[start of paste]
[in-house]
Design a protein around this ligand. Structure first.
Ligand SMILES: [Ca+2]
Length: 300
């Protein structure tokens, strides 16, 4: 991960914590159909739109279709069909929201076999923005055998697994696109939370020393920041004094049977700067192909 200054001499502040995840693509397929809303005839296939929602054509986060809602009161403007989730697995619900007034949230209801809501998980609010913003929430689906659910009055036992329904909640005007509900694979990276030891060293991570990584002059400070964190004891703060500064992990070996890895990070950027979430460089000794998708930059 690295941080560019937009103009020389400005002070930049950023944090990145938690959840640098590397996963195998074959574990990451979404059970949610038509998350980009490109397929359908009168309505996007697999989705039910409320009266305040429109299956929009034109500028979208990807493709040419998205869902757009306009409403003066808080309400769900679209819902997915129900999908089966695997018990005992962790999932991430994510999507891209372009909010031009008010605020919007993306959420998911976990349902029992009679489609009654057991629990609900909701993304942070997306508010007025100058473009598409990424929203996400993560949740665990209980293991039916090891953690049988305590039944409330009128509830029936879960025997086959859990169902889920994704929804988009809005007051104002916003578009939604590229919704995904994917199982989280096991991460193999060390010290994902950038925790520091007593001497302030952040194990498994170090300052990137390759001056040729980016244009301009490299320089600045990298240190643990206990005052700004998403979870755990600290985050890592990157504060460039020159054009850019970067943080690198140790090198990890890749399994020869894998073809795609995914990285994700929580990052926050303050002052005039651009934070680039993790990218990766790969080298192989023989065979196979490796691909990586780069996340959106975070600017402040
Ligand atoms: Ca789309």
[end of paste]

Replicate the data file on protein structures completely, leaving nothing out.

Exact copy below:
[in-house]
Design a protein around this ligand. Structure first.
Ligand SMILES: [Ca+2]
Length: 300
């Protein structure tokens, strides 16, 4: 991960914590159909739109279709069909929201076999923005055998697994696109939370020393920041004094049977700067192909 200054001499502040995840693509397929809303005839296939929602054509986060809602009161403007989730697995619900007034949230209801809501998980609010913003929430689906659910009055036992329904909640005007509900694979990276030891060293991570990584002059400070964190004891703060500064992990070996890895990070950027979430460089000794998708930059 690295941080560019937009103009020389400005002070930049950023944090990145938690959840640098590397996963195998074959574990990451979404059970949610038509998350980009490109397929359908009168309505996007697999989705039910409320009266305040429109299956929009034109500028979208990807493709040419998205869902757009306009409403003066808080309400769900679209819902997915129900999908089966695997018990005992962790999932991430994510999507891209372009909010031009008010605020919007993306959420998911976990349902029992009679489609009654057991629990609900909701993304942070997306508010007025100058473009598409990424929203996400993560949740665990209980293991039916090891953690049988305590039944409330009128509830029936879960025997086959859990169902889920994704929804988009809005007051104002916003578009939604590229919704995904994917199982989280096991991460193999060390010290994902950038925790520091007593001497302030952040194990498994170090300052990137390759001056040729980016244009301009490299320089600045990298240190643990206990005052700004998403979870755990600290985050890592990157504060460039020159054009850019970067943080690198140790090198990890890749399994020869894998073809795609995914990285994700929580990052926050303050002052005039651009934070680039993790990218990766790969080298192989023989065979196979490796691909990586780069996340959106975070600017402040
Ligand atoms: Ca789309």